In that context, casual observers might have been surprised—even disappointed—that Apple failed to announce any new hardware products at this year’s Worldwide Developers Conference (WWDC)—no iPhone 6, no Apple TV, no iWatch.
Was WWDC therefore a failure? In a word, no. Keeping in mind the audience and tradition of WWDC, one could argue that it was a roaring success.
WWDC is a developers conference, after all. By all accounts, the approximately 7000 programmers, system architects, designers, and other stakeholders who attended this year’s WWDC were thoroughly impressed by what Apple had to share.
Indeed, Tim Cook and company were in a sharing mood this year. Going against convention, they live-streamed the WWDC keynote presentation to anyone who might be interested.
Anyone who owns and uses Apple gear is likely to be delighted when September rolls around. That’s when both new OS’es will be available for download. For free.
One expects that this will be about the same time that Apple announces a passel of new products.
Blessing or curse?
Central to many of the new solutions that Apple showed this week on both operating system platforms is its ecosystem.
If you’d rather mix and match your hardware and software among a variety of providers, you can certainly include Apple products, but you lose out on some of the benefits.
The company has received plenty of criticism over the years about the closed nature of its ecosystem, and in some cases, rightly so.
Doing something right
Nonetheless, this year Apple is on track to sell 180 million iPhones, 60 million iPads, and 20 million Macs. On top of that, among device companies, Apple has the highest customer satisfaction ratings on the planet.
Just a thought, but could it be the company is doing something right?
What Apple offered up to not only its loyal legion of developers, but to anyone paying attention were these points:
- We already have a proven ecosystem of products, software, and services unmatched in the industry, and we’re about to make it a whole lot stronger.
- How? We’re giving our loyal third-party developers unparalleled access.
- Together, we’ll reap even greater rewards, and our ever-expanding customer base will be the beneficiaries.
Developers, developers, developers!
Now, cynics would say this is boilerplate hyperbole. What? Not as dynamic as, say, Steve Ballmer sweating profusely and yelling “Developers! Developers! Developers!…” at a Microsoft conference a few years back?
Doubling down on perhaps its best opportunity to shift the paradigm once again by opening up the Apple ecosystem to its loyal third-party developers.
Without Apple’s ecosystem, iPhones, iPads, iPod Touches, and Macs are beautifully designed, functional devices. With it, Apple devices become integral to customers’ lives, keeping their calendar, contacts, music, photos, videos, e-mail, and apps within reach wherever they go.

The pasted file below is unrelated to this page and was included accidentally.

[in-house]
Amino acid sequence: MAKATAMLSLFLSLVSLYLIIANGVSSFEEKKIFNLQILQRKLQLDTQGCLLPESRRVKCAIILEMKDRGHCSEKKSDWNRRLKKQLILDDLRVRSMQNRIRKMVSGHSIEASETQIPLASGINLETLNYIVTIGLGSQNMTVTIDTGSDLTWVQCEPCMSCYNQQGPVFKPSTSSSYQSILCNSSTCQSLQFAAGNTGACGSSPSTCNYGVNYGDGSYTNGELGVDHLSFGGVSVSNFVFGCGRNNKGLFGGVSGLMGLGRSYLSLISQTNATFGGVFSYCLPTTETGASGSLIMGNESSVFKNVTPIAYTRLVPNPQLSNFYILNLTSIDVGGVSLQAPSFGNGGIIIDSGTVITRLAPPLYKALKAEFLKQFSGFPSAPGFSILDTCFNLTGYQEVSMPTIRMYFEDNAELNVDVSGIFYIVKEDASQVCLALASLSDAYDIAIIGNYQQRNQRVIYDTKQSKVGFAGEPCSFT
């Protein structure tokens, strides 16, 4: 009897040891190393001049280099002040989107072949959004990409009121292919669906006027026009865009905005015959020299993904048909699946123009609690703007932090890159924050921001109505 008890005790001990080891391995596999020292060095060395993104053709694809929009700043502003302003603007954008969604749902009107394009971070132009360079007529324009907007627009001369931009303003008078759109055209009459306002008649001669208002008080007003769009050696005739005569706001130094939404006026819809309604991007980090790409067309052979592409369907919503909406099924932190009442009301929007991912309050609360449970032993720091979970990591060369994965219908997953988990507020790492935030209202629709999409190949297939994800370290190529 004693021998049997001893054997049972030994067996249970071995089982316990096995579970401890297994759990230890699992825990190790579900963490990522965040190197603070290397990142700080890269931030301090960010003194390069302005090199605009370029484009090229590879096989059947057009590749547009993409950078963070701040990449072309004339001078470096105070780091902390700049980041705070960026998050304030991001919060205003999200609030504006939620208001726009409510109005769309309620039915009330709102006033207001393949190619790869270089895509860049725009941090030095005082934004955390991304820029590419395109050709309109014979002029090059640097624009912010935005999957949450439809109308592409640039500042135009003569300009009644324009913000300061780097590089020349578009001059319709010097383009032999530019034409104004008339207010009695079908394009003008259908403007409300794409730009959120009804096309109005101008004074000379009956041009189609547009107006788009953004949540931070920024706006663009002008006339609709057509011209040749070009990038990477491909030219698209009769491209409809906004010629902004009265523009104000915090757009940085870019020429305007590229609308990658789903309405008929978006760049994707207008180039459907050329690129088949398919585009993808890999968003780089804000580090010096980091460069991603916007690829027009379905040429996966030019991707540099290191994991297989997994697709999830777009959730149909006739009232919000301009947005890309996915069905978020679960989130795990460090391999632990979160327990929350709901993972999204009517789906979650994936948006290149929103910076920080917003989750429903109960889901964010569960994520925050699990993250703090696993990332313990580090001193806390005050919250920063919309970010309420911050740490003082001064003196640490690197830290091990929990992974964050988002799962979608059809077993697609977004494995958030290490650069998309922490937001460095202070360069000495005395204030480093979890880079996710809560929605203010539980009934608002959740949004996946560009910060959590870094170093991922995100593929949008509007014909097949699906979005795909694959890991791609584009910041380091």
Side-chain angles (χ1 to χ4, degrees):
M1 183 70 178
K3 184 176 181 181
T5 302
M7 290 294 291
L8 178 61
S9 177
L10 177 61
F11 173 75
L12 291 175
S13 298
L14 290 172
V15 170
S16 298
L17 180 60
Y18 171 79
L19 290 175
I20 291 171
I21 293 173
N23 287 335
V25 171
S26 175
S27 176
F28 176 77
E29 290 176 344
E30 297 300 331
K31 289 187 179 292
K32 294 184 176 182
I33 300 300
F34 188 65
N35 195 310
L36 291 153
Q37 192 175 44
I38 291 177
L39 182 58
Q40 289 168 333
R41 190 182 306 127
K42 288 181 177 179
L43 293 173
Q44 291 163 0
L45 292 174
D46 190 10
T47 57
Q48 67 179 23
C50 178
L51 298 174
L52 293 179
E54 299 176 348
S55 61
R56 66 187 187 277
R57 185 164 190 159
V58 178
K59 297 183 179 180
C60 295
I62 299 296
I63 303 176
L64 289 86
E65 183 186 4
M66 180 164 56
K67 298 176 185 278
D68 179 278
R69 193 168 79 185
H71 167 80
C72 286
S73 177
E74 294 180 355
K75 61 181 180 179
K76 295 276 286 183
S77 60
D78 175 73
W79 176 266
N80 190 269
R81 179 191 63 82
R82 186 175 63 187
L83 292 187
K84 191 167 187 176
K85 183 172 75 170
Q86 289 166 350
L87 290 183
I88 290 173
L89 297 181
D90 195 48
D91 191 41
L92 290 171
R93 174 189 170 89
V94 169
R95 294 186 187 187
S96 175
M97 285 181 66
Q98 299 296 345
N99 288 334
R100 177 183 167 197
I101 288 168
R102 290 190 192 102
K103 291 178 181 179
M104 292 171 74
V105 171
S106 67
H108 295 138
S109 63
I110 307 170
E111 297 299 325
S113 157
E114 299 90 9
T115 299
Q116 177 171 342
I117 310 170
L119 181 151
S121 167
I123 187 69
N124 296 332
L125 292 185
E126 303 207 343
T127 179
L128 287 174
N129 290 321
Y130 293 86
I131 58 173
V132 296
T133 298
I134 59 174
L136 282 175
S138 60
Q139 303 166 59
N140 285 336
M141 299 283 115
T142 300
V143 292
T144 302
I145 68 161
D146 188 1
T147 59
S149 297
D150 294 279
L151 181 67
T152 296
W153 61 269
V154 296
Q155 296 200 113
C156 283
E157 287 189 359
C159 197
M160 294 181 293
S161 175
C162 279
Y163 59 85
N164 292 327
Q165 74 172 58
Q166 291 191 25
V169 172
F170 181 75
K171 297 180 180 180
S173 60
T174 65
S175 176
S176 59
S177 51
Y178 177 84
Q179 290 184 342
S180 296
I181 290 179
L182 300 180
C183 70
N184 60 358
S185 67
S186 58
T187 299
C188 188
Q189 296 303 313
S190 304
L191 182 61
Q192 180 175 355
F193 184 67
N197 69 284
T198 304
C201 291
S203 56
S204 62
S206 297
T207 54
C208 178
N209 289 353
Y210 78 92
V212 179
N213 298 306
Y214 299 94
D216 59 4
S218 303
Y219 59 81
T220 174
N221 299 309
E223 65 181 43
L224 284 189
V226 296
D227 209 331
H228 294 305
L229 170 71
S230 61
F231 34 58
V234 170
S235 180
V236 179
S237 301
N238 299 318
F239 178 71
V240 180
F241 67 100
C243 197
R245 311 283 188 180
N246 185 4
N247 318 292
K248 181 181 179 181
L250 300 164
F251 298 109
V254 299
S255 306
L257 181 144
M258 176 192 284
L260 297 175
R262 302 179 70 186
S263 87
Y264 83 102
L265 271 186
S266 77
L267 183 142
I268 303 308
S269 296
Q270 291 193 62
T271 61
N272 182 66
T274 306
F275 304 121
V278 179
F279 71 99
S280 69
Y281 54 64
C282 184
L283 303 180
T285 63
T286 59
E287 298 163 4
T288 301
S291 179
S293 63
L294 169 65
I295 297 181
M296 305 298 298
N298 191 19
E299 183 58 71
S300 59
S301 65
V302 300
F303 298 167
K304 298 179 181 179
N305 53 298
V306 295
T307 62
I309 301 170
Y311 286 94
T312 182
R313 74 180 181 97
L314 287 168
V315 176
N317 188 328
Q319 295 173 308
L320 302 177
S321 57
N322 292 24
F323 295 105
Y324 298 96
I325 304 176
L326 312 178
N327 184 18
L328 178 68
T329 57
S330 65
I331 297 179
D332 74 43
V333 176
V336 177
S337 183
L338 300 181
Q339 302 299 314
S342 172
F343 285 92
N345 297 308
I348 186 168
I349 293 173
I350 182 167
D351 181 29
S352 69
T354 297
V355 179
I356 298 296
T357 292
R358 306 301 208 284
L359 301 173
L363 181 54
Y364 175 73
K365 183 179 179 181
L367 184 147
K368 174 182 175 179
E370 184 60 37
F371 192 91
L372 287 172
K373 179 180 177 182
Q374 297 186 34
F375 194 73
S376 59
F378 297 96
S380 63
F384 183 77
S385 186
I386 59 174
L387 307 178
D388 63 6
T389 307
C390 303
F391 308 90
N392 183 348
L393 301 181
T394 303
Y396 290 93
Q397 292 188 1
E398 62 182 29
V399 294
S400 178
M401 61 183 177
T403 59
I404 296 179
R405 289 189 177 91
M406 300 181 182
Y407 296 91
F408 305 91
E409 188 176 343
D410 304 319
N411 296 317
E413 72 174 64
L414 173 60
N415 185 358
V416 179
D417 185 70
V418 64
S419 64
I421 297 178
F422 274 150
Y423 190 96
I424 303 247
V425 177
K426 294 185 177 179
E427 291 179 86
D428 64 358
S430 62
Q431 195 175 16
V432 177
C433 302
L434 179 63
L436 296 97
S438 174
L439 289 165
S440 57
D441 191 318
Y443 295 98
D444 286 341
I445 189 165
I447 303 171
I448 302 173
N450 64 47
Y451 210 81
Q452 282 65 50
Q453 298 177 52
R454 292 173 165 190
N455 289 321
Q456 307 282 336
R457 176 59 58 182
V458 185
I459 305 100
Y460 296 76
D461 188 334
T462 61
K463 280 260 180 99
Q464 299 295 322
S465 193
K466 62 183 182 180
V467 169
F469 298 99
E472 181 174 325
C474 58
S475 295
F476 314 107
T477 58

Developer access to the Apple ecosystem may very well be the single most important element of the company’s strategy going forward.
Apple over the last several years has rolled out impressive and ambitious capabilities, such as the App Store, iCloud, PhotoStream, and iWork. But those capabilities have not been without glitches and missing features. Seems the company has finally decided to leverage its large and loyal universe of third-party developers to complete the puzzle and take the company and its ecosystem forward. And the key beneficiaries will be current and future Apple customers.
This must be a scary thought for Apple competitors.
In a nutshell, what Tim Cook and Craig Federighi, Apple’s software chief, announced were a boatload of upcoming new software capabilities.
Software is what WWDC is all about, and at this year’s event, if you watched the keynote, you could feel the energy as a theater-full of brainiacs began imagining all the cool things they could do.
For Macs, Apple revealed “Yosemite” as the next great California landmark to grace its Mac OS X masthead. Mac OS X Yosemite promises a welcome refinement of its graphical user interface (GUI), but more importantly, a tighter integration with a user’s iPhone and iPad.
New features included Continuity, a simple but elegant approach to starting something on one device (say, an email on your iPhone), and going to another device (say, your MacBook Air) to finish it.
Another enhanced feature was the MacOS Notification Center, which now provides a high level of customization, including the incorporation of widgets (stock, weather, etc.).
Apple’s Spotlight feature now enables search across your Mac and the web, with new categories of results and “rich suggestions” from Wikipedia, Maps, Bing, iTunes and iBooks.
Remember iDisk? Apple introduced a new product called iCloud Drive, and if you know what Dropbox does, you’ll have a good idea of the capabilities of iCloud Drive, which is tightly integrated into Mac OS Yosemite and competitively priced. iCloud Drive could very well prove to be cloud storage “for the rest of us.”
For those iconic iDevices, iOS 8 will gain a plethora of new features.
For one, in its tradition of promoting the importance of photography, Apple announced iCloud Photo Library. With iOS 8, any photo or video you take on your iPhone will be stored in the cloud, automatically, so you can access anywhere from any device. With 5GB of free storage, that a lot of photos and videos.
In addition, Apple also announced a host of other features, including family sharing of movies, music, and other media, health tracking, home automation, enhanced predictive typing, and access to third-party keyboards (for example, Swype).
A giant step
It’s been said that Steve Jobs built Apple to last 100 years. Given that the company has only been around for 40 years, what possibly can sustain it another 60?
One can only speculate, but what Tim Cook and company announced this week may have set Apple up for the next 10 years.
And that’s a giant step.